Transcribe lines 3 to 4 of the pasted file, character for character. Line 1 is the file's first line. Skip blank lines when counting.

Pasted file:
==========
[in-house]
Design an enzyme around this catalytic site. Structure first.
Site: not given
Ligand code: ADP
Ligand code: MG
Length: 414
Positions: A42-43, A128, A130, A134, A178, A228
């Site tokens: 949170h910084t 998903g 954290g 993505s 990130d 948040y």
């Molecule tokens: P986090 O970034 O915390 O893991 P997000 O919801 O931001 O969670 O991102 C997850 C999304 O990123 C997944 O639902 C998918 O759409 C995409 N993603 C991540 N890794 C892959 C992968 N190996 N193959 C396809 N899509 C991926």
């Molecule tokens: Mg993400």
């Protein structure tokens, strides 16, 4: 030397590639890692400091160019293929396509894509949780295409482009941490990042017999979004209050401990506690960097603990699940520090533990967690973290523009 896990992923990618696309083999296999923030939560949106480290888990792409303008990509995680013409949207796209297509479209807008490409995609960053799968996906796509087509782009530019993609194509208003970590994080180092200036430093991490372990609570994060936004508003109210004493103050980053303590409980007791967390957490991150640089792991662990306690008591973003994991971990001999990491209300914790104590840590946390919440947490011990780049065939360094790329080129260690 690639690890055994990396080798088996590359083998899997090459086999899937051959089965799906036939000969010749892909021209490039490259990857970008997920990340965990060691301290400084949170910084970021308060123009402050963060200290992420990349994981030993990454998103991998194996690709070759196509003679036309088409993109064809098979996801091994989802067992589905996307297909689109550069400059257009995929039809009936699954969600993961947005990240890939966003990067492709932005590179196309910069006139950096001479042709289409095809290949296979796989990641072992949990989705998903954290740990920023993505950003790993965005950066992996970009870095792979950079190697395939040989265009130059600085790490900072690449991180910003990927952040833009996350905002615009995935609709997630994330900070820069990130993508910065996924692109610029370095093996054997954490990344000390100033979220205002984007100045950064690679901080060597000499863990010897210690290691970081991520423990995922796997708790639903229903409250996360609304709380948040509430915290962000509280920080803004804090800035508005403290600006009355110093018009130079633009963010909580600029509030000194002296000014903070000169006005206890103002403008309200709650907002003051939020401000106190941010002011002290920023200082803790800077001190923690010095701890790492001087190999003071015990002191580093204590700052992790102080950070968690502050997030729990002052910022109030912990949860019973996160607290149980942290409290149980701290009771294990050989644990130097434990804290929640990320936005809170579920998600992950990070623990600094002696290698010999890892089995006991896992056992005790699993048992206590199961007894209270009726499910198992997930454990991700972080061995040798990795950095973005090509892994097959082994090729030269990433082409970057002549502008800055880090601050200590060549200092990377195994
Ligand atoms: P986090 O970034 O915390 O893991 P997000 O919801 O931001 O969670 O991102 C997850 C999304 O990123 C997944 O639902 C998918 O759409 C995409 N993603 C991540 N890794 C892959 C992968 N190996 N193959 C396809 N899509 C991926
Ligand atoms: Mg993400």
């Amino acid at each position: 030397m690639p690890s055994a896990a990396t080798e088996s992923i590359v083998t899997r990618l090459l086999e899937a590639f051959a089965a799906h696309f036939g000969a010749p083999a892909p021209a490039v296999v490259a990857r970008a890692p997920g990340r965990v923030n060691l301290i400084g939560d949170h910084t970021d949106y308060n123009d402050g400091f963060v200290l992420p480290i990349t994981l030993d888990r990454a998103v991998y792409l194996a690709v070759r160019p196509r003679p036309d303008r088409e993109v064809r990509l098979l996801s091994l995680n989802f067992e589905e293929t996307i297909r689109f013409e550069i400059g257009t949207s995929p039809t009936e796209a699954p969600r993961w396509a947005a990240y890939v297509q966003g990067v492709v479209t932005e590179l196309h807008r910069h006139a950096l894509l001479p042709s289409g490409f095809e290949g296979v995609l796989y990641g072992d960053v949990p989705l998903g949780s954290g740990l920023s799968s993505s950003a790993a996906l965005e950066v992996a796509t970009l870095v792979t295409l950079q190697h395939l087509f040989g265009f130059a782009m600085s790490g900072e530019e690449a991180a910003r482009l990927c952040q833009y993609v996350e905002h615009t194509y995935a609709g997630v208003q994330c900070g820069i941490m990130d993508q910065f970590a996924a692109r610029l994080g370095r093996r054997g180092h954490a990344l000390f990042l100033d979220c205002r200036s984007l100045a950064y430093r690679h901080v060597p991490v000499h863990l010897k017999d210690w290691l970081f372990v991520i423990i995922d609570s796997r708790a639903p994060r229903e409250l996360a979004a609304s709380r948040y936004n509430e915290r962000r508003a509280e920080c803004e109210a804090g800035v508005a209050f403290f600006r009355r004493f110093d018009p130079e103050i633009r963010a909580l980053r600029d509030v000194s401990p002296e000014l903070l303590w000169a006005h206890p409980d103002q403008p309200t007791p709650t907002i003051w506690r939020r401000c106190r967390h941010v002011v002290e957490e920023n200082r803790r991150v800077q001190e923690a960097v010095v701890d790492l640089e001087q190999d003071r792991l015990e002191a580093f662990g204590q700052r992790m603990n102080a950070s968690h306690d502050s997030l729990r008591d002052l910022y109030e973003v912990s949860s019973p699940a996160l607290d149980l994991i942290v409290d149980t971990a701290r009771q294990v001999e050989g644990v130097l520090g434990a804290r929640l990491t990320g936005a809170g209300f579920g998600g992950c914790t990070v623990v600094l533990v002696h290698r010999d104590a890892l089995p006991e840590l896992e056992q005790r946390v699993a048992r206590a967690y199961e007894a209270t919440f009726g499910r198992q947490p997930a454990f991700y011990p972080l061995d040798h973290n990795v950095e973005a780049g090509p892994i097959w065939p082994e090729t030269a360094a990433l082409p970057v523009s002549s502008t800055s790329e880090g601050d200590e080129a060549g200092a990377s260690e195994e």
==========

Site: not given
Ligand code: ADP